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Curiosity in the Thicket

By @emilyrachdavis

It was as if the world was collapsing in on itself, but that didn’t quite make sense because it seemed to be expanding at the same time. The walls of the cottage were boxing in, the cobblestone exterior crumbling. Helena ducked under the corner of the bookshelf as it neared her, folding along the path that the walls took.

“Jeremy, what’s happening?” Helena asked as she watched her cousin vault himself over the loveseat that had been sliding across the oak wood floors.

“I have no idea,” Jeremy said with an expression of concern and curiosity; a feeling that Helena could relate to.

She laughed in delighted confusion as the glass panes popped out of the window frames and drifted into the fields surrounding the house. One moment they were reflecting the strange sight of the cottage back to her and the next they were nothing but bubbles disappearing on the wind. “I don’t understand,” she said mostly to herself, “How is this possible?”

It truly was curious, that the loveseat had rolled up into a rug upon bouncing off the wall. She found herself wondering that if she were to take the rug and fling it out, if it would turn back into the loveseat or rather into the ornate rug it appeared be. Helena felt fleeting worry at the thought. After all, the loveseat had been her grandmother’s favorite piece of furniture.

“What do you remember last? Could it have been something that we touched?” Jeremy questioned. It was humorous to watch his face when the books on the upside down bookshelf began fluttering about as if they were butterflies, and then, to Helena’s intrigue, they were.

Gorgeous Monarch’s soared around her head and one landed briefly on her nose. She could still smell the dusty scent of old books as they flew off on the breeze and that was when she realized that the house was gone, for she stood on golden grass. Jeremy sidled up beside of her as they watched in absolute wonder.

Their curiosity only grew as they felt less at home and more in a strange, fascinating place.

The trees at the edge of the fields seemed to wave their branches back and forth, the silver leaves rustling much like the ocean tide that pulled them out to sea. Only they weren’t in the ocean and there wasn’t any sand. Instead, and quite suddenly, they were wrapped in thick forest and brush as warm glimpses of the sun drifted across their freckled faces through the canopy above them.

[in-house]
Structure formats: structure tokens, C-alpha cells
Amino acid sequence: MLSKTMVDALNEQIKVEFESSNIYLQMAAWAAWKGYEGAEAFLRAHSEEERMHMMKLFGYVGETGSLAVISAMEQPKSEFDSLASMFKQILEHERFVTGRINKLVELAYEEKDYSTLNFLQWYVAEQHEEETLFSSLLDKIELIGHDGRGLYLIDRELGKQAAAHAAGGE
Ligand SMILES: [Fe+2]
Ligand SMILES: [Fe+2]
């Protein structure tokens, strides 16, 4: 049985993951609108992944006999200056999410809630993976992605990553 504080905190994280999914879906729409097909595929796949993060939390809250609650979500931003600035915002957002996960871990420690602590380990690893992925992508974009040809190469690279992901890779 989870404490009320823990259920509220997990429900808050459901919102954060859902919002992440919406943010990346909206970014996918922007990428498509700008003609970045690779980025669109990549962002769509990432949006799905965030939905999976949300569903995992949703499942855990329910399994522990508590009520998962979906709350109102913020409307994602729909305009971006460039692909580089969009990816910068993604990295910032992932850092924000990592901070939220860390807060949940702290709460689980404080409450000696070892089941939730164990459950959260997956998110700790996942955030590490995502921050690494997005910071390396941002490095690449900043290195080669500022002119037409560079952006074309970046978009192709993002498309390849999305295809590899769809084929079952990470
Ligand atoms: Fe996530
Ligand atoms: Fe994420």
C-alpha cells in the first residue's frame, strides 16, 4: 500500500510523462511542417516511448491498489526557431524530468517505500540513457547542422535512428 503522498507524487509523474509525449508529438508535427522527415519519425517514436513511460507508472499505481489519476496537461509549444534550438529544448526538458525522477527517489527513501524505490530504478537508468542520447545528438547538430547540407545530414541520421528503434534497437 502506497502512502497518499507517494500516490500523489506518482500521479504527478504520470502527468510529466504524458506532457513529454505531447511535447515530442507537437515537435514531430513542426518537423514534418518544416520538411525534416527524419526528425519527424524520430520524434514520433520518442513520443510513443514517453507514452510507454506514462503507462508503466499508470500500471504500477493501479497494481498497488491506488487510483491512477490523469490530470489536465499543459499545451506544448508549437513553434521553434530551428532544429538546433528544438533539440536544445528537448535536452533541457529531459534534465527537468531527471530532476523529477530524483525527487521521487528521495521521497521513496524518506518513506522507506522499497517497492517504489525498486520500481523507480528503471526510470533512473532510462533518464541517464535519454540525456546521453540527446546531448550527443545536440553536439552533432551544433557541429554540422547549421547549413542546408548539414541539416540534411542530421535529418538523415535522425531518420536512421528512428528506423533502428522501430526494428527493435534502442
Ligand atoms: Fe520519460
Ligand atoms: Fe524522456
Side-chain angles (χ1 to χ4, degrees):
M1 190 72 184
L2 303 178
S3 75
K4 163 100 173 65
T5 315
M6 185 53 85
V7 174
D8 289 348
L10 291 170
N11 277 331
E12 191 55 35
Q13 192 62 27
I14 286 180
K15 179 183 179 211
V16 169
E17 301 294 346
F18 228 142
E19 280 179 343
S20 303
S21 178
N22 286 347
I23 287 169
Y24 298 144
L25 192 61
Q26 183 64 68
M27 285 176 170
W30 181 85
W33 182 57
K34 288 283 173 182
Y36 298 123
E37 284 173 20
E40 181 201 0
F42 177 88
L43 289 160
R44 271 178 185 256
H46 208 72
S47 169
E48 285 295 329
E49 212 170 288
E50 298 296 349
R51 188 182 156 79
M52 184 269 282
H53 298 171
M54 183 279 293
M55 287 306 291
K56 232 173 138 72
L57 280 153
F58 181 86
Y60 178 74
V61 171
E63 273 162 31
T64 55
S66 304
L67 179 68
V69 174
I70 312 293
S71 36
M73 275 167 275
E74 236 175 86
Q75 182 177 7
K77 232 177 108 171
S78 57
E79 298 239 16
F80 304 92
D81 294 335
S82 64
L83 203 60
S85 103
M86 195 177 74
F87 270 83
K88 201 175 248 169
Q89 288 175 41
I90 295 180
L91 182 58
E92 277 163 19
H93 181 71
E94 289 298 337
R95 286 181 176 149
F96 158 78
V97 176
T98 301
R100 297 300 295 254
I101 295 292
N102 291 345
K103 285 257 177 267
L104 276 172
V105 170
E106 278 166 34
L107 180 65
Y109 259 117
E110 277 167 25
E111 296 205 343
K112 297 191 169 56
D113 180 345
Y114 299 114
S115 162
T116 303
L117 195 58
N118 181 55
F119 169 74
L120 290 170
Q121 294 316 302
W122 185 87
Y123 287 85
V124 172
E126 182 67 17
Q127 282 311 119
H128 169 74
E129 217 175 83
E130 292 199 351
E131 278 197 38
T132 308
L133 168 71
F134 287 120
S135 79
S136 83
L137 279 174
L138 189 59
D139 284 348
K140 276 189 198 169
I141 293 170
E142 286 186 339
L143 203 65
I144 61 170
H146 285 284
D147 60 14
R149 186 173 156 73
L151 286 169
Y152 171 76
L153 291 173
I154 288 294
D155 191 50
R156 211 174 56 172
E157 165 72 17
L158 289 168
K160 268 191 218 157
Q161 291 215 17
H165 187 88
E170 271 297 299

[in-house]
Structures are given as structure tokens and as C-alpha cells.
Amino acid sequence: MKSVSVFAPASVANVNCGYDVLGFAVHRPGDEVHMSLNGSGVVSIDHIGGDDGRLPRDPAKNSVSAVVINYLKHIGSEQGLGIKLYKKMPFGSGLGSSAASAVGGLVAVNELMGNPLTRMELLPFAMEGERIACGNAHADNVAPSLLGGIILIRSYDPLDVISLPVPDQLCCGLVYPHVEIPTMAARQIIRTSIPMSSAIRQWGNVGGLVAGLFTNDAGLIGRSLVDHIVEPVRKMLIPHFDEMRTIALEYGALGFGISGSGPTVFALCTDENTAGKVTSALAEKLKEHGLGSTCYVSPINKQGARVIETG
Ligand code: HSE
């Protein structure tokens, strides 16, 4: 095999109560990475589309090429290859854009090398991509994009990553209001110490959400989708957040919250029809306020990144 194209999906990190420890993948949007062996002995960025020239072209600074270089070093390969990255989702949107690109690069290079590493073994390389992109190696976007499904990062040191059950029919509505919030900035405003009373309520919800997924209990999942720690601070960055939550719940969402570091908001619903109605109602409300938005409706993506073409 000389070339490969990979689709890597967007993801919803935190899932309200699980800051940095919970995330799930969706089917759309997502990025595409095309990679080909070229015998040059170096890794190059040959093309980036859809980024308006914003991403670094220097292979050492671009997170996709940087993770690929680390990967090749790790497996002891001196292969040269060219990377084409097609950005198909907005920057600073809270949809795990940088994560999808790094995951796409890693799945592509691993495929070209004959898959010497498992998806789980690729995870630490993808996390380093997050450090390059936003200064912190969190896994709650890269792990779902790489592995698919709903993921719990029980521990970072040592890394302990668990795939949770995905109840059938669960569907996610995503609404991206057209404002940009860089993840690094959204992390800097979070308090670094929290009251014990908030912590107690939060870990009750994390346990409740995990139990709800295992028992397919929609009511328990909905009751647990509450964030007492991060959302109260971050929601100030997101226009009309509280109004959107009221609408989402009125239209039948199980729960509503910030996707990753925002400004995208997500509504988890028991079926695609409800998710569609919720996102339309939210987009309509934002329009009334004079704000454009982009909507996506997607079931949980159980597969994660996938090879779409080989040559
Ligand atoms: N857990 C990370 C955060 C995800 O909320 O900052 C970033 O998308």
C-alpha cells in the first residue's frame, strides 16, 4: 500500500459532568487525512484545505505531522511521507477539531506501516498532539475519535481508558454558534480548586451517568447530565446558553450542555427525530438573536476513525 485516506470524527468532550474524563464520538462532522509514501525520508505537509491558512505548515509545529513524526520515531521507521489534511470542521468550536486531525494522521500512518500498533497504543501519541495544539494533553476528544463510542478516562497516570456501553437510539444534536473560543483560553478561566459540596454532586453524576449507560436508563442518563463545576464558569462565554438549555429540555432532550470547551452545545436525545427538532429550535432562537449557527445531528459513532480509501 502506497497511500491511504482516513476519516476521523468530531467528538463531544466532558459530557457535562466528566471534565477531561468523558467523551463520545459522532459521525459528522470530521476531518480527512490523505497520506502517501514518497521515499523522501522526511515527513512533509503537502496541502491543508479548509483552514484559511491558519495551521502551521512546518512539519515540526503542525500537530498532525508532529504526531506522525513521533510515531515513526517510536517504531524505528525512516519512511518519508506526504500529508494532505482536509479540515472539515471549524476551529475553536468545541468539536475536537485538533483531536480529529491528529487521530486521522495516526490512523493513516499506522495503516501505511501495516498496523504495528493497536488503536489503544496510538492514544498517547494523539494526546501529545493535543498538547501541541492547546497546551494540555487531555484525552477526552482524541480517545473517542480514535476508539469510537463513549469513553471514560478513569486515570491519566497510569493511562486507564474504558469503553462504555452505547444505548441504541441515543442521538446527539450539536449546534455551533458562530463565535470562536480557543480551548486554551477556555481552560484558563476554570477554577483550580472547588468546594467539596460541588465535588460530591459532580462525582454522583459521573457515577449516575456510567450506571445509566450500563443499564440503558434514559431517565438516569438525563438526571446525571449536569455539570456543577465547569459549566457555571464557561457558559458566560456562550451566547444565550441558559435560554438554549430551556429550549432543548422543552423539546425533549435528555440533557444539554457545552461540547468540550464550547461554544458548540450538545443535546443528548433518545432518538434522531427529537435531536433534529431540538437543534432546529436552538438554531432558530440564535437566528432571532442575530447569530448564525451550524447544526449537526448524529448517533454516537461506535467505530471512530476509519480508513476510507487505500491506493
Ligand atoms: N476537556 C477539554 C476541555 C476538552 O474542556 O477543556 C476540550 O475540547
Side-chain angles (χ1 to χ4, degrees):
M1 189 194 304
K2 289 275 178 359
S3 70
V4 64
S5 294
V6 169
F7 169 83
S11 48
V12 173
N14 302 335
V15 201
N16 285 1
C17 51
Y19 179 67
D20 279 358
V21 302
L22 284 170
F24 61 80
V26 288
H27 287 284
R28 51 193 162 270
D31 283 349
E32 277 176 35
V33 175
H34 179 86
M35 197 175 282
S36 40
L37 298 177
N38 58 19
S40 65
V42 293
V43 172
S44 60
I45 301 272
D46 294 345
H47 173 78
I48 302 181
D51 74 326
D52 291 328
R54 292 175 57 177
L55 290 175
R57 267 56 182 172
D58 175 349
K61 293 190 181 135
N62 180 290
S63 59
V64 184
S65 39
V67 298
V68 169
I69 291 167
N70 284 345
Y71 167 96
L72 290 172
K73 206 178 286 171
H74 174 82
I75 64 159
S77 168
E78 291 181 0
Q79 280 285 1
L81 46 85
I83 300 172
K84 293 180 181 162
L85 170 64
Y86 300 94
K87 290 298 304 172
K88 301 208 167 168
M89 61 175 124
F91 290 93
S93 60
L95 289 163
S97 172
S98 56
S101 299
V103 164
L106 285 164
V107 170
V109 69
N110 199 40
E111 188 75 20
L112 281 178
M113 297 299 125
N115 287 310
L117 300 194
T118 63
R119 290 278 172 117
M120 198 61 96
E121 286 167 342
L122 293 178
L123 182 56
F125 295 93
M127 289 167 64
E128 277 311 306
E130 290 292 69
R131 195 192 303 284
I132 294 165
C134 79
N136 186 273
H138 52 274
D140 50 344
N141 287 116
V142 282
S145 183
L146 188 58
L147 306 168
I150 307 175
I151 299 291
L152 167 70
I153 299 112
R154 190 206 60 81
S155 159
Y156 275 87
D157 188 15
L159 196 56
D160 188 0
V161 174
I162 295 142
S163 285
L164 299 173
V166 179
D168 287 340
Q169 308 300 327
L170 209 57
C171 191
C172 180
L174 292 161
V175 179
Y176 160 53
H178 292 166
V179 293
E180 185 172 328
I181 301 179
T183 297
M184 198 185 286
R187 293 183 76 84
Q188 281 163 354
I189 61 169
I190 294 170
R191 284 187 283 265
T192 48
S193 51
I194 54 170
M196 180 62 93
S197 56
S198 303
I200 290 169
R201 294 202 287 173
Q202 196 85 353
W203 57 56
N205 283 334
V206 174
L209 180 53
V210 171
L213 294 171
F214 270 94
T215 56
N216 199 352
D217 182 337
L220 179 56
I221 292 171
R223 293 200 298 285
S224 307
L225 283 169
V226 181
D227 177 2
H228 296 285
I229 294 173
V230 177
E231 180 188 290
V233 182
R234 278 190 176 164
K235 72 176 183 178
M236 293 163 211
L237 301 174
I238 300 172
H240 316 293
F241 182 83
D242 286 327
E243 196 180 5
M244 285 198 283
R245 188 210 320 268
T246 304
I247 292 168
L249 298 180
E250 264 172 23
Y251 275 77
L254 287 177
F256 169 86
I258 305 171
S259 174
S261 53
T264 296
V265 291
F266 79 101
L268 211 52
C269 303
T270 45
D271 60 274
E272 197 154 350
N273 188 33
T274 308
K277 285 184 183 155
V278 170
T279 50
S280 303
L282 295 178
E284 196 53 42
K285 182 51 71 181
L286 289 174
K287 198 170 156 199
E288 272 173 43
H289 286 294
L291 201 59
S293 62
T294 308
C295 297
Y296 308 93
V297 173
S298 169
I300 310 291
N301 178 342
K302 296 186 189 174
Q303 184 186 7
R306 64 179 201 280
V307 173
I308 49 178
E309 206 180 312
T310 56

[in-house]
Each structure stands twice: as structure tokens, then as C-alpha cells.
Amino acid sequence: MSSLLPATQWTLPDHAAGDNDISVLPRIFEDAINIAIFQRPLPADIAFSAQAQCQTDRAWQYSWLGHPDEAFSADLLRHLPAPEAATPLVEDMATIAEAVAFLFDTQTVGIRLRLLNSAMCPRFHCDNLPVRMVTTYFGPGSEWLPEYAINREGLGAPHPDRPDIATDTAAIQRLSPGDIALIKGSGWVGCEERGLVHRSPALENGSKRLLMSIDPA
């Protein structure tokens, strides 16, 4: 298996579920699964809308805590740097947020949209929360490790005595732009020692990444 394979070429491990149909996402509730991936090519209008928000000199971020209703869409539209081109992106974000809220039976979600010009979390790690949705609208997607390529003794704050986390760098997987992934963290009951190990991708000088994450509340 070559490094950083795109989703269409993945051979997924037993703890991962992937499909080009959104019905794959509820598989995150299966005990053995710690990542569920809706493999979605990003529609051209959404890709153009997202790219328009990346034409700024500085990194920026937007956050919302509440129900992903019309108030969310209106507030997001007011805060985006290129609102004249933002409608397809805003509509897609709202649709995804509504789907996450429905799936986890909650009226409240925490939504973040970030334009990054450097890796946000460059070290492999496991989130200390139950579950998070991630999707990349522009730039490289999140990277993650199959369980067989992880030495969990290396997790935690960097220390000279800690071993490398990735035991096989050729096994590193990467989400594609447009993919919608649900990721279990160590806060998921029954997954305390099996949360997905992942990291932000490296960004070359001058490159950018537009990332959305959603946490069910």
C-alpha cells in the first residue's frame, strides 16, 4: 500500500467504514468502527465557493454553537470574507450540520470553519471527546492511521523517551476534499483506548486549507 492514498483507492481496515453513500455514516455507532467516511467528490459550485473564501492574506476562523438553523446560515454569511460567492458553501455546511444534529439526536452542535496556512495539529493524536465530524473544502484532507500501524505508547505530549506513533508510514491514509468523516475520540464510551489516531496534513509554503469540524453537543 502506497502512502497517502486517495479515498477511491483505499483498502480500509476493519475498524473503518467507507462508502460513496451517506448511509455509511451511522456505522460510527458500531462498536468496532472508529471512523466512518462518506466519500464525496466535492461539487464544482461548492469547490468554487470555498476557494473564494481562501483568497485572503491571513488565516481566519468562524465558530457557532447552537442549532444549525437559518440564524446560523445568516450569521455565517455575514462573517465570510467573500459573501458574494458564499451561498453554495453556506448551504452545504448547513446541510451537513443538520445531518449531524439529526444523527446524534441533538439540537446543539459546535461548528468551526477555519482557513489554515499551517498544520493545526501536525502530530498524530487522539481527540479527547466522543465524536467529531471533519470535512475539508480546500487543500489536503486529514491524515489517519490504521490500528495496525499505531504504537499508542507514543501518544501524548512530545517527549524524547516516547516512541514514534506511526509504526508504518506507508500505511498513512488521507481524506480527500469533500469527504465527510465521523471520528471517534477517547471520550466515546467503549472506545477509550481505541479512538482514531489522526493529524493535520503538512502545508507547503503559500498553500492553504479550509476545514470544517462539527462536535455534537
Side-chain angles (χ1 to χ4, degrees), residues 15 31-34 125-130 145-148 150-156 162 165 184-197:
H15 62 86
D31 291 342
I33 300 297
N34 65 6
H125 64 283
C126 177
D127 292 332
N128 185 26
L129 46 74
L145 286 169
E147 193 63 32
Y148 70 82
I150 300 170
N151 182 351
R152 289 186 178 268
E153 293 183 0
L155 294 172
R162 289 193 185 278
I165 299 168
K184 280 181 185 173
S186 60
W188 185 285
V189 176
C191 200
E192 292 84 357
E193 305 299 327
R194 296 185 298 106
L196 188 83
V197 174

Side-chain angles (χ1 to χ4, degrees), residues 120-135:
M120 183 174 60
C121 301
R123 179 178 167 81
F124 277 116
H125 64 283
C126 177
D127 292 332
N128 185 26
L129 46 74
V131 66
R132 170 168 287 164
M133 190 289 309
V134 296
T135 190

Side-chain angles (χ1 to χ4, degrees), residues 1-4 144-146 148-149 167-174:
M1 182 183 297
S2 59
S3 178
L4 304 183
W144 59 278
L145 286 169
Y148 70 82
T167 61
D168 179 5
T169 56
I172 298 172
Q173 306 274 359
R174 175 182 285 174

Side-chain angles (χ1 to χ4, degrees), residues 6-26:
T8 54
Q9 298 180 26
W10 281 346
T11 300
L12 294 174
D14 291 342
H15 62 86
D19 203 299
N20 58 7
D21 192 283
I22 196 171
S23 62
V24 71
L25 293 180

Helena looked at Jeremy, only to see his look of alarm, but it was too late. The splat of something warm and squishy hit the side of her face and Helena let out a shriek of surprise. She brought a hand to her smarting cheek and brought it away again with red flesh and peel and yellow seeds.

“Ouch, that hurt,” Helena complained softly, her only complaint of the events that had unfolded thus far. At her feet, a tomato sat squashed in the dirt.

Jeremy looked like he wanted to laugh, because she wasn’t actually harmed. It wouldn’t leave a bruise and the redness of her cheek was already fading. “Where did that come from?” he asked as he glanced around them again, only to find that everything had stopped while they weren’t paying any attention.

It was peaceful, in the middle of the thicket. A hum of a song that Helena could only recall in distant memory glimmered on the passing air. They could feel it in the very earth where they stood and the comforting graze of something gentle upon their bare faces.

Helena stared down at the tomato. A thought or perhaps a memory niggled at her mind just behind her left ear. She tried to remember, as she gazed upon the warping pines and spruces and birches. They twisted into the sky as if dancing merrily. It made her happy somehow and then the memory, not the thought, came to mind.

“We had just finished picking tomatoes from grandmother’s garden,” Helena said and just as the words fell from her lips, she was standing once more in the cottage kitchen. The walls were upright and the windows a bit foggy. The beautiful oak floors ran through the house and under the comfortable loveseat.

Jeremy was across the counter, wiping his face with his hands making his cheeks a ruddy red. When he lowered them and didn’t see the once expansive and welcoming forest, he sighed a breath of uncertainty. “Tomatoes, right. Did that all just happen?” he asked as if he were already forgetting the magic that Helena had seen too.

“Yes, I believe so,” Helena said as she eyed the basket of tomatoes on the counter, “although I don’t know how.”

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